I had the great pleasure of attending the first half (give or take) of the recent AEC Hackathon in Munich. It was held over the first weekend of my kids’ school holidays, so I ended up having to compromise on attending the full event: I flew in on Friday afternoon – with just enough time for some VR fun at our Munich office – and flew back home on Saturday afternoon. So I didn’t get to attend the really fun piece – seeing the results of the weekend’s efforts – but I will talk in this post about what I did get the chance to see.
The event was hosted on the 5th floor of the main TUM building. For Friday’s kick-off it was a beautiful, unseasonably warm evening, and our event shared a very small elevator with what seemed to be the most popular bar on the TUM campus, so it was a bit of a struggle getting up and down. The two events ended up having very different attendees, but – perhaps surprisingly – I was actually very happy to be stuck inside with my fellow AEC Hackathoners. :-)
One of the main founders of the AEC (and VR) Hackathons, Damon Hernandez, was unfortunately absent – he had two very valid excuses, though: Damon was hosting a panel discussion on WebVR at SVVR and it also happened to be his birthday – and so ended up addressing the gathered attendees via Skype.
There were a few technical challenges getting audio to work, but hey. :-)
This intro was followed by a number of keynote sessions. I didn’t take many photos during these, as we were largely asked not to, but I felt entitled to take snaps of slides involving Autodesk Research.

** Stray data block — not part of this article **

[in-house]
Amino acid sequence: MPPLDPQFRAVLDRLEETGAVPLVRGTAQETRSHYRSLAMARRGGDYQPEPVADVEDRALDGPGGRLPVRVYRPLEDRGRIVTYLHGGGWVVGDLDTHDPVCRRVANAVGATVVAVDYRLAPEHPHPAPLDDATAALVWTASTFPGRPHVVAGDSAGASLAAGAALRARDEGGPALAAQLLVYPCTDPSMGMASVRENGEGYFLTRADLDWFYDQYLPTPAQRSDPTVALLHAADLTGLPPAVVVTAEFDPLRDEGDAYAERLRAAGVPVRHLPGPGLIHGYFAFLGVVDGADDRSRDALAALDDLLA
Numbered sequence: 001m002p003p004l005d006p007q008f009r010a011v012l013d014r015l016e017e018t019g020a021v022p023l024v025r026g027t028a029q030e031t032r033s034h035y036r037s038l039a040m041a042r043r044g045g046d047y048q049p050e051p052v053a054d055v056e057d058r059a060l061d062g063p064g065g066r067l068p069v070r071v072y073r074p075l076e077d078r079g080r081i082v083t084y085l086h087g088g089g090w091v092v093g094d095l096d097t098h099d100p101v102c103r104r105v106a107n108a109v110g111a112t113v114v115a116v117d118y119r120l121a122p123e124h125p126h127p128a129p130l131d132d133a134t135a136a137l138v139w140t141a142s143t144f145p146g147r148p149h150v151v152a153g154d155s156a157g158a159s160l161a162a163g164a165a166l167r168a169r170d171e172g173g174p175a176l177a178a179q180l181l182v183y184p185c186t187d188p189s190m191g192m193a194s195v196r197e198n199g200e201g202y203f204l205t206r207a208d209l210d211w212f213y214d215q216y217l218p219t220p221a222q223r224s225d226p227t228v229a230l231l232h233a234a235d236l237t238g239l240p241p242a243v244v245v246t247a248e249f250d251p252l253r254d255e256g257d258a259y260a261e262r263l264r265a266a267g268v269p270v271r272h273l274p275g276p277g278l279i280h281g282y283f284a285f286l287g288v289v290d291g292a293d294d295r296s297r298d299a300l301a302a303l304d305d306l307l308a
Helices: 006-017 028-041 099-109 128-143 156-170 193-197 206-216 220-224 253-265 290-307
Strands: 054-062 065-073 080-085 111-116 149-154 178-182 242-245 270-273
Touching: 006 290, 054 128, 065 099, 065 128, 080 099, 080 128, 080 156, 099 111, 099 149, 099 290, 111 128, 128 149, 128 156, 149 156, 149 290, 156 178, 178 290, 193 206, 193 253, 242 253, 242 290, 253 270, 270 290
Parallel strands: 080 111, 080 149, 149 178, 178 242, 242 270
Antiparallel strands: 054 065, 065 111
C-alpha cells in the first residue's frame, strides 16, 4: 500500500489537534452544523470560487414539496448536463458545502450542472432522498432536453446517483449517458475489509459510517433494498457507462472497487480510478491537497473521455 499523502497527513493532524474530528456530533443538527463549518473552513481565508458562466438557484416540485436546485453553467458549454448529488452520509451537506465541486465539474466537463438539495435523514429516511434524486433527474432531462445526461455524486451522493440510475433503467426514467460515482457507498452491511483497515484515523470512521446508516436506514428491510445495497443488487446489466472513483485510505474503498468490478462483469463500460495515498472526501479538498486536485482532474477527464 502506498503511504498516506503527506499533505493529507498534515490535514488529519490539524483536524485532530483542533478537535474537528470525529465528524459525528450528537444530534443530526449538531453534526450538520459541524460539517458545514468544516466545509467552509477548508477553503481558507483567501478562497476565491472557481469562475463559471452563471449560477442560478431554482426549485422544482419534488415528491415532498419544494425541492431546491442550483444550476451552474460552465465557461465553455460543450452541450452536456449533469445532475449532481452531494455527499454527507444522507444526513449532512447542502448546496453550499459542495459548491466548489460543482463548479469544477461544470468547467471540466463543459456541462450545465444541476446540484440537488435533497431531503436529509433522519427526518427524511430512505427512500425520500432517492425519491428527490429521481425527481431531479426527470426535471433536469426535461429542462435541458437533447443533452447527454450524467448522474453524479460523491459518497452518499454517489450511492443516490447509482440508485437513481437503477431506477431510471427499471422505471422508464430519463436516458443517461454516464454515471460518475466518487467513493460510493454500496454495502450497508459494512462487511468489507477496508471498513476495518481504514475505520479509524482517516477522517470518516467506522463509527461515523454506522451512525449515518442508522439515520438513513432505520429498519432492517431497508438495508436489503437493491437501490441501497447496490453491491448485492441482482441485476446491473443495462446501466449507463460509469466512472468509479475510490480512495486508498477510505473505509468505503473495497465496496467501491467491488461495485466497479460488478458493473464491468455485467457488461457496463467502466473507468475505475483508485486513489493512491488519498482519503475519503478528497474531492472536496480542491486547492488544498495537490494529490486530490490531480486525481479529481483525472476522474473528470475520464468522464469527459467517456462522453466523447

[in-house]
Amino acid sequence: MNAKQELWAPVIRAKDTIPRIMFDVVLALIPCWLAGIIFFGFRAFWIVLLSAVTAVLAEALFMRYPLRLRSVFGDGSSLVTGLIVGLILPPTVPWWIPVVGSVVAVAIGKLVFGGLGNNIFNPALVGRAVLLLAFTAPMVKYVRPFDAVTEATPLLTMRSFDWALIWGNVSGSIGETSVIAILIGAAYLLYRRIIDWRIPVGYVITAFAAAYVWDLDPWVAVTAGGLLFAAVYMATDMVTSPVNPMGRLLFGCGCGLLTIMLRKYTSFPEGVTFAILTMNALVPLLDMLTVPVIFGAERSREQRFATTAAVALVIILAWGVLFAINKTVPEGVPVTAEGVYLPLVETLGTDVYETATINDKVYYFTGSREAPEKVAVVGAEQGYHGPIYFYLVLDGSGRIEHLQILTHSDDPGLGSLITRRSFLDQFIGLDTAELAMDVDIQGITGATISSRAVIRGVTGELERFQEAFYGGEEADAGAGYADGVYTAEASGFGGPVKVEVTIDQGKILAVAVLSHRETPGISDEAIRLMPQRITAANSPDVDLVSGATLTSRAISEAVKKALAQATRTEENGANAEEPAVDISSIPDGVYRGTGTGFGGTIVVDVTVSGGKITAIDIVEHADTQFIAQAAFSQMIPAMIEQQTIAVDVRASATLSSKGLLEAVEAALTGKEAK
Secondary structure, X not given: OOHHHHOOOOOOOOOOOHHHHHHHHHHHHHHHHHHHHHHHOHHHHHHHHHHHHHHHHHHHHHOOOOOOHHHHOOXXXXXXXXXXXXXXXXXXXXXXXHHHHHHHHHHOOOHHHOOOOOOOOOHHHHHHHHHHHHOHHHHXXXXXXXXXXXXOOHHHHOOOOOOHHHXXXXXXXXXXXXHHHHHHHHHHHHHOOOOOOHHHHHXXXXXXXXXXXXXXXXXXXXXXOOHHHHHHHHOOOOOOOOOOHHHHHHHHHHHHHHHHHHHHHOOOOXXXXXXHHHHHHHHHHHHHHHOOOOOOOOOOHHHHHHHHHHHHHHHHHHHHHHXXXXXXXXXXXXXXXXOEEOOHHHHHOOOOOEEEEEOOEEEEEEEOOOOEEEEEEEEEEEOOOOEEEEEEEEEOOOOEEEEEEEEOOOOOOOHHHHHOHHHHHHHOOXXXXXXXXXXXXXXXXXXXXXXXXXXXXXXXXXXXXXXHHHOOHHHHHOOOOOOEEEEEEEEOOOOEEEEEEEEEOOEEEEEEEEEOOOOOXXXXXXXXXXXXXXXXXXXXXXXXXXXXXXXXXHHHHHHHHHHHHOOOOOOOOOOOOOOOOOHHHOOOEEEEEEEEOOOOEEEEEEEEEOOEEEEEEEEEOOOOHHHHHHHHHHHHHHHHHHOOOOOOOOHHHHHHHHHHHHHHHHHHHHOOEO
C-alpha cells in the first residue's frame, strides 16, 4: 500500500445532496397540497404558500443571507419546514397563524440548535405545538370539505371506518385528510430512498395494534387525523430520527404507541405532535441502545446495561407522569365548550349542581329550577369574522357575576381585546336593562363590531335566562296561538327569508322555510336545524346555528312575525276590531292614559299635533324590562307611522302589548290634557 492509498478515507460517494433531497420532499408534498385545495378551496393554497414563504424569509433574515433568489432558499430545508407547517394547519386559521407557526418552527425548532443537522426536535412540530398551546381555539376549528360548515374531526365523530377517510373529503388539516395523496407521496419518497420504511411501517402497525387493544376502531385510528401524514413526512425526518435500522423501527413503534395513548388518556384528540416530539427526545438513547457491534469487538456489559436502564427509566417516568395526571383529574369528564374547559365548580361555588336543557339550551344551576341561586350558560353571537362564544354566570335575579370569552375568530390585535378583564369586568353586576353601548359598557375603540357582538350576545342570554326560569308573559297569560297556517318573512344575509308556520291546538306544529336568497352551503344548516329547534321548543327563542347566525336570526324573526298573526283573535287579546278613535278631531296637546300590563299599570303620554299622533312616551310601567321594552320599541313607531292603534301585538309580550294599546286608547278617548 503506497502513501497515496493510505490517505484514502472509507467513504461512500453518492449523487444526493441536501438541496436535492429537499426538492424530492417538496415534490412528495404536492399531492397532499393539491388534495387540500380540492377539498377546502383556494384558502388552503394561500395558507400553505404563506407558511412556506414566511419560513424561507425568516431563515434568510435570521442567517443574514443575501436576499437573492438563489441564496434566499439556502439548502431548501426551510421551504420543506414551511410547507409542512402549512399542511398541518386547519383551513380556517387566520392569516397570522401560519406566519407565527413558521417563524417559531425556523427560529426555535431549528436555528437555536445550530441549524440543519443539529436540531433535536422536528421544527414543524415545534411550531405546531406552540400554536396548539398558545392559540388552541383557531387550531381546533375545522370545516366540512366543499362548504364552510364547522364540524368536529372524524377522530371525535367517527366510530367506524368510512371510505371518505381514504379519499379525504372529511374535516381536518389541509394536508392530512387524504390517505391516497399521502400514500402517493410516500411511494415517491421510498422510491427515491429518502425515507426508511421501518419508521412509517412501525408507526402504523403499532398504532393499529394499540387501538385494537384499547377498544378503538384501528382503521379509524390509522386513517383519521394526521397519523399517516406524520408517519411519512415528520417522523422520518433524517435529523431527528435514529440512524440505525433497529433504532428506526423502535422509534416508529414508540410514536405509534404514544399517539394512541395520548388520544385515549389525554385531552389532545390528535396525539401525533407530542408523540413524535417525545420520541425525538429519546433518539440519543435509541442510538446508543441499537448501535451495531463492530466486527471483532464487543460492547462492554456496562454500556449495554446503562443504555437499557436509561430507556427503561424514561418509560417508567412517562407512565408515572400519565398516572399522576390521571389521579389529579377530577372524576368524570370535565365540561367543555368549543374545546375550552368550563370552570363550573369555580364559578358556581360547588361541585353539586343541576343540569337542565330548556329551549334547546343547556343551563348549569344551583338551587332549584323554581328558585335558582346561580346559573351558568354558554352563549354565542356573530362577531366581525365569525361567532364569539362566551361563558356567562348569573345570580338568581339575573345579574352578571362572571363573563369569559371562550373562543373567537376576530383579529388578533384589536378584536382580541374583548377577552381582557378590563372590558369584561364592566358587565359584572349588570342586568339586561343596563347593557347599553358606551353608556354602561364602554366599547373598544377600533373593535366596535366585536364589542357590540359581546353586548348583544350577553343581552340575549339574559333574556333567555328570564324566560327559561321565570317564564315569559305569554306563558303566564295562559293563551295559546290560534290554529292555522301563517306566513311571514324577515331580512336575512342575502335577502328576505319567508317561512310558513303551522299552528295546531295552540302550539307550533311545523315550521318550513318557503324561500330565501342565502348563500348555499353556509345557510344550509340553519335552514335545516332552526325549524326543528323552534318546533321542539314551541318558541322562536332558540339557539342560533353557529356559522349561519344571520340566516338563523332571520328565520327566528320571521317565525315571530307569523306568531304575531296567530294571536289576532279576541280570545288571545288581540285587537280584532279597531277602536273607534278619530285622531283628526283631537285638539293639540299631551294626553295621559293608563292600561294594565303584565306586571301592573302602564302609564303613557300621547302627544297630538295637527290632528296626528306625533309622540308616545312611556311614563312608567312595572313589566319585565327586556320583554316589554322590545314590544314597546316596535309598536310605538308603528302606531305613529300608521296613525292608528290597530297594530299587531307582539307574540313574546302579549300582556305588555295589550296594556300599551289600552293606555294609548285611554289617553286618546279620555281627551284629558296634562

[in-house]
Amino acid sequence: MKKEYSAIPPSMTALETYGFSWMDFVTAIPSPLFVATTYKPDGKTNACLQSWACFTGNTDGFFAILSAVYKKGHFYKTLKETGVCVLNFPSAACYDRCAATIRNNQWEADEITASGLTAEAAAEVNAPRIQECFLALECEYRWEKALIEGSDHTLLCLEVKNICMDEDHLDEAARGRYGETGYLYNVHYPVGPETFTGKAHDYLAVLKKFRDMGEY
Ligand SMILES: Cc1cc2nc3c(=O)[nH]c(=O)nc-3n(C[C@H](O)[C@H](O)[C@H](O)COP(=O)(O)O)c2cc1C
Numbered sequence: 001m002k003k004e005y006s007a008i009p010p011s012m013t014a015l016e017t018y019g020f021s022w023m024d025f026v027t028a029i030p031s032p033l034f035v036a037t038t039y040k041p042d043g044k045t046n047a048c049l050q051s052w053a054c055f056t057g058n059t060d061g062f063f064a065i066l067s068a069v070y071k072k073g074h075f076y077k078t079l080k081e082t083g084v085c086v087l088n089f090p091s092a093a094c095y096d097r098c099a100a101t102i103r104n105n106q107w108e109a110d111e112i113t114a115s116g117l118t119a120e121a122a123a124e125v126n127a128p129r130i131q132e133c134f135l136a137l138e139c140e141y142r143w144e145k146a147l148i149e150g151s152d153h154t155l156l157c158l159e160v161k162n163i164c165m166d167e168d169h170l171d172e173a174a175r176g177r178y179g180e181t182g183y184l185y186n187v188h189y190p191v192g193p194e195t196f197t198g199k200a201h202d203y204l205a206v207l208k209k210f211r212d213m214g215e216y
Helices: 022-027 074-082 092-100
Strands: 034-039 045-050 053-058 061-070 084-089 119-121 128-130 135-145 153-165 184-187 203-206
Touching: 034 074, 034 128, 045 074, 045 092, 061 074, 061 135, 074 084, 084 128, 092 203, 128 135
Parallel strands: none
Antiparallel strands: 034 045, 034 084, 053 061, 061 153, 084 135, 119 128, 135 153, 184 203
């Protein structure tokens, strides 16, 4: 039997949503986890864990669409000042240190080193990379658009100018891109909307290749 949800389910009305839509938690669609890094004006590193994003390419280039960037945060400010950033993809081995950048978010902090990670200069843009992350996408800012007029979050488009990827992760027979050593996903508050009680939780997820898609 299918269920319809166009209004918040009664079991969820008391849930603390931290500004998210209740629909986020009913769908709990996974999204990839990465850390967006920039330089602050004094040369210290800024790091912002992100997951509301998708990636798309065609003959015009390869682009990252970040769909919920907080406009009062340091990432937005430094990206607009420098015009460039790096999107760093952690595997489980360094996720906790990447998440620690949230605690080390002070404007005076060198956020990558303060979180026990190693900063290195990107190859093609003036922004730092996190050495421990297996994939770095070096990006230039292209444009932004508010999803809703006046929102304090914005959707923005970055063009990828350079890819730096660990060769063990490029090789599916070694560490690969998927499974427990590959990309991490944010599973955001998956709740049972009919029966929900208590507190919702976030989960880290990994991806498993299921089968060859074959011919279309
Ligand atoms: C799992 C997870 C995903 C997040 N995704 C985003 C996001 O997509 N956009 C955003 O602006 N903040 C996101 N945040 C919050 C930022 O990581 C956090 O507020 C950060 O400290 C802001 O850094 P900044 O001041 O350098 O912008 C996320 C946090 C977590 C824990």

Someone I’ve known now for nearly a decade, Shajay Bhooshan from Zaha Hadid Architects, presented a number of projects worked on by the team I’m now in, which was really cool.
A couple of slides highlighted research specifically performed by my “partner in crime” on Dasher 360, Simon Breslav:
The next day a number of technical sessions were held, one of which I presented on my work on Dasher 360 and the “dancing robot” HoloLens project:
A major benefit of attending this kind of event is the level of interaction between attendees. Everywhere you looked you could see people engaging on (presumably) fascinating topics.
I was tired by the end of the day on Saturday: in some ways I was relieved to be leaving, but I was mostly sad not to be there for the end. As I headed out the door towards the airport, I took a quick parting snap of Greg Howes – another co-founder of the AEC Hackathon events – talking about the Digital Fabrication Network and its members.
This event was extremely well organised and managed, but this clearly took a lot of effort. Kudos to all those involved, especially to Autodesk’s own Philipp Mueller, who put in a massive amount of effort to make this initial, Munich-based event a success. I’m looking forward to learning more about how things went, as well as attending future AEC Hackathons whenever I get the chance!